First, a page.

Here’s What The Actress Is Up To In 2023

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Fairuza Balk was a hot commodity in the 1990s, lending her signature goth-punk flavor to popular films of every genre. And then, just like that, she disappeared from the spotlight.

It was a curious move for a child star who had successfully transitioned into adult acting roles. But The Craft star had legitimate reasons for stepping away from the limelight. And although she’s mostly walked away from red carpets and magazine interviews, she remains committed to various creative pursuits.

Find out what’s up with Fairuza Balk now that she’s living a more low-key existence.

She Grew Tired Of The ‘Strange Bubble’ Of Hollywood

Balk didn’t fade out for lack of talent. In 2013, she told Dread Central that she wanted to be selective about her roles.

“I always want to stay interested; I never just want to work for the sake of working,” she said. “There has to be ‘something’ there for me so that I can grow from the experience. I’ve never just taken a job because I wanted the check—I took the job because either I wanted to do something really crazy … There has to be something interesting for me or I don’t want to do it.”

She also slowed down for the sake of her sanity. In 2020, she told the Los Angeles Times that she had grown tired of the way she was packaged for an audience.

“[In] my late 20s I stepped away from doing a lot of press because people just kept taking my words and rearranging them the wrong way and just depicting me as this crazy bad girl and it just really got old,” she said. “They weren’t really listening to what I was actually saying, they just collected sound bites from other interviews that had misquoted me. So I just felt like ‘OK, I can’t win.””

The actress continued to talk about the pressures of Hollywood, and how she didn’t quite fit the mold.

“Also, Hollywood is a very strange bubble, a very strange world, and some of the things—as the general public is starting to find out—some of the elements of that game are things I just couldn’t do. I’m just not wired that way or brought up that way. I had to step back for my own well-being and sense of self-preservation.”

Is She Still Acting?

Fairuza Balk in a black hat and a black t-shirt with her arms crossed from a scene in 'Paradise City.'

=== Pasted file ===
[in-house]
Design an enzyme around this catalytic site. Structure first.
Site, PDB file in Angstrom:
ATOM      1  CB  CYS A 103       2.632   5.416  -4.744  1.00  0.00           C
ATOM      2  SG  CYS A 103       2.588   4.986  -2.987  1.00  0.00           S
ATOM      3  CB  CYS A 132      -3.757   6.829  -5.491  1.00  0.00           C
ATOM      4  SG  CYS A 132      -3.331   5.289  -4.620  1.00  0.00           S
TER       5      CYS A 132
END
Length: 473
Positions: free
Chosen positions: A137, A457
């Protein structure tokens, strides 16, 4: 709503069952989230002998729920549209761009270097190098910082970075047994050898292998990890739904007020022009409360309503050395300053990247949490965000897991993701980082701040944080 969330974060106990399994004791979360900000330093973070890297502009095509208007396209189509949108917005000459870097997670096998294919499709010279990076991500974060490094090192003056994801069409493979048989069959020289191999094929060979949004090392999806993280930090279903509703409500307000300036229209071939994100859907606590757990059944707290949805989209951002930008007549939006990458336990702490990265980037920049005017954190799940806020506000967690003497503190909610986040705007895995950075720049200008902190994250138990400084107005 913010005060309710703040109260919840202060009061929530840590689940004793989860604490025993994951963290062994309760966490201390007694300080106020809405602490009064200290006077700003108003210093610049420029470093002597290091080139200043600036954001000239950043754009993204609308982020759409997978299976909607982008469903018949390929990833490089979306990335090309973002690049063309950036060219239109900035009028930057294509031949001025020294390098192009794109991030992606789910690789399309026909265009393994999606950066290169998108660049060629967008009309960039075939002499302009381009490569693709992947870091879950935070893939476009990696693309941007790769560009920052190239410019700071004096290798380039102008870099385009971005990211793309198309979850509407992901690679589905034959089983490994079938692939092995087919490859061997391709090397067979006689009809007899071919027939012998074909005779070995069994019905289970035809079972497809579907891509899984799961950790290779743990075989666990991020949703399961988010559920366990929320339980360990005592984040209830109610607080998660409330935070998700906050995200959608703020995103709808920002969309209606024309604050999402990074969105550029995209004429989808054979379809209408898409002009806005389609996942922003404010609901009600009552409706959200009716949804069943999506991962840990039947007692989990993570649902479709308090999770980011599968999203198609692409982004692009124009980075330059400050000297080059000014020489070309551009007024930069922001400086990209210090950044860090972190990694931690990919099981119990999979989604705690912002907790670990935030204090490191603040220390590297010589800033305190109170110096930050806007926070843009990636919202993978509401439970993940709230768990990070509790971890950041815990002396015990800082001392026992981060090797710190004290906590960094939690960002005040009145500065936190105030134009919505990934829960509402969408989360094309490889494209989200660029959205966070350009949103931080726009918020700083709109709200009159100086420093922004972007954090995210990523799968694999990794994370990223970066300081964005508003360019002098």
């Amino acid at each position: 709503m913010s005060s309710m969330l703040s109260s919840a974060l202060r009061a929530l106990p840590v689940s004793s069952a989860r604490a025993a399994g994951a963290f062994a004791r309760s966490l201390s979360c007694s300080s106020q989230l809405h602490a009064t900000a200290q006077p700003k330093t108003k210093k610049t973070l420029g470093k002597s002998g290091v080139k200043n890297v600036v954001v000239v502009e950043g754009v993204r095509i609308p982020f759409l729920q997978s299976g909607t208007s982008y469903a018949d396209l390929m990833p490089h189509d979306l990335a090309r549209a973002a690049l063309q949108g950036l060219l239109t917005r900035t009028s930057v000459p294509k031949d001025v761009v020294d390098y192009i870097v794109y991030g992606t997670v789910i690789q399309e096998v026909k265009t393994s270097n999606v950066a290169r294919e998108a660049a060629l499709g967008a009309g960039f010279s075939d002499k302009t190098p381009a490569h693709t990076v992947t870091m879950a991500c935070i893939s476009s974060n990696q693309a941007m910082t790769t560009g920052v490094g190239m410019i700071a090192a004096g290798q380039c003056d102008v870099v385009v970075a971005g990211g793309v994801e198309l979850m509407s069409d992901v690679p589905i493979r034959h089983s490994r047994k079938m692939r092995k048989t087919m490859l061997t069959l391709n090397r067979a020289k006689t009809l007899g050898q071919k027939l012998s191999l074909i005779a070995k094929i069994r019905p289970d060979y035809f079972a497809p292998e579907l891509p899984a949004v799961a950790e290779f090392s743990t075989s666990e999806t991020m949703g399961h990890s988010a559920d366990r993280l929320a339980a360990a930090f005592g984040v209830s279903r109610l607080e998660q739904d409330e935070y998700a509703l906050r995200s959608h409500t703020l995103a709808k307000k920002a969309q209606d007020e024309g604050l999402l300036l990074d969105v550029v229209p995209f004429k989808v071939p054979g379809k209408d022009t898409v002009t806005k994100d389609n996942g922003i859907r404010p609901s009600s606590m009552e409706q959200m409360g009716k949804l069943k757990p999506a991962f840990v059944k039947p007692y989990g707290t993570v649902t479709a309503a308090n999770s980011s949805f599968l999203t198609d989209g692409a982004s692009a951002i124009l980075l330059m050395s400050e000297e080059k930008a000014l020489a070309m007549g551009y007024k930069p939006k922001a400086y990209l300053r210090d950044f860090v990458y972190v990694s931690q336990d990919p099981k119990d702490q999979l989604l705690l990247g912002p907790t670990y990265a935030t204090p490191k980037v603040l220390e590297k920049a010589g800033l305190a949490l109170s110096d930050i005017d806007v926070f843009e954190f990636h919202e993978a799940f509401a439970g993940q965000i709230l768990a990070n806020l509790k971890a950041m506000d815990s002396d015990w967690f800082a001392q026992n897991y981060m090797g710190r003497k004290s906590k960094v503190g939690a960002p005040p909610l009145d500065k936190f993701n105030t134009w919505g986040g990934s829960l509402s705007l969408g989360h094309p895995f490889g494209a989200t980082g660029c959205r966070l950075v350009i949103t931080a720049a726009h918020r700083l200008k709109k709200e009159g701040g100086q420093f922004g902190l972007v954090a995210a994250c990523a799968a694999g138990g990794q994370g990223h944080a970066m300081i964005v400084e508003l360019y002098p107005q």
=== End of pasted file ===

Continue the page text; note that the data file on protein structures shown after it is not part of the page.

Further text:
(Sumerian Records / YouTube)

Balk still loves acting and has appeared in a couple of more recent projects.

In 2021 she starred in the Prime Video series Paradise City; her last TV gig before that was in 2015 on Showtime’s Ray Donavan. She also had a cameo in 2020’s The Craft: Legacy—the sequel to the film that kickstarted her mainstream career.

Despite appearing in the sequel to The Craft, Balk told the LA Times that she hasn’t seen it and doesn’t plan on seeing it. She claimed that she stopped watching her work years ago. But that doesn’t mean she isn’t still excited about acting.

“Well acting, hopefully, I’ll be able to do for the rest of my life,” she told the LA Times. “That was the goal.”

But Balk added a caveat, saying. “I love to do the actual work but the rest of it is not suited to everybody, let’s put it that way.”

What Is Fairuza Balk Doing Today?

When Balk’s not acting, she is busy working in every other creative medium. She creates fine art, works in ink, and art prints that are available on her own website.

“I started looking into and spending more time on other art forms that I really enjoy and I’m far happier for it,” Balk told the LA Times. She added that she’s currently into metalsmithing, a skill she’s learning from her multi-talented father.

She also releases music under the name Armed Love Militia. In May 2021, she announced that she made all previous ALM tracks available via streaming services. Balk plans to record more songs—and she hopes to tap her dad as a collaborator on some of that new work.

“I’ve always looked at my career from the perspective of: when I look back on this, what will I think? Will this project be something that I’m glad that I did? Is it going to say anything?” she asked. “You have to be OK with yourself and the work that you do enough to just release what you’ve done into the world and let that be OK.”

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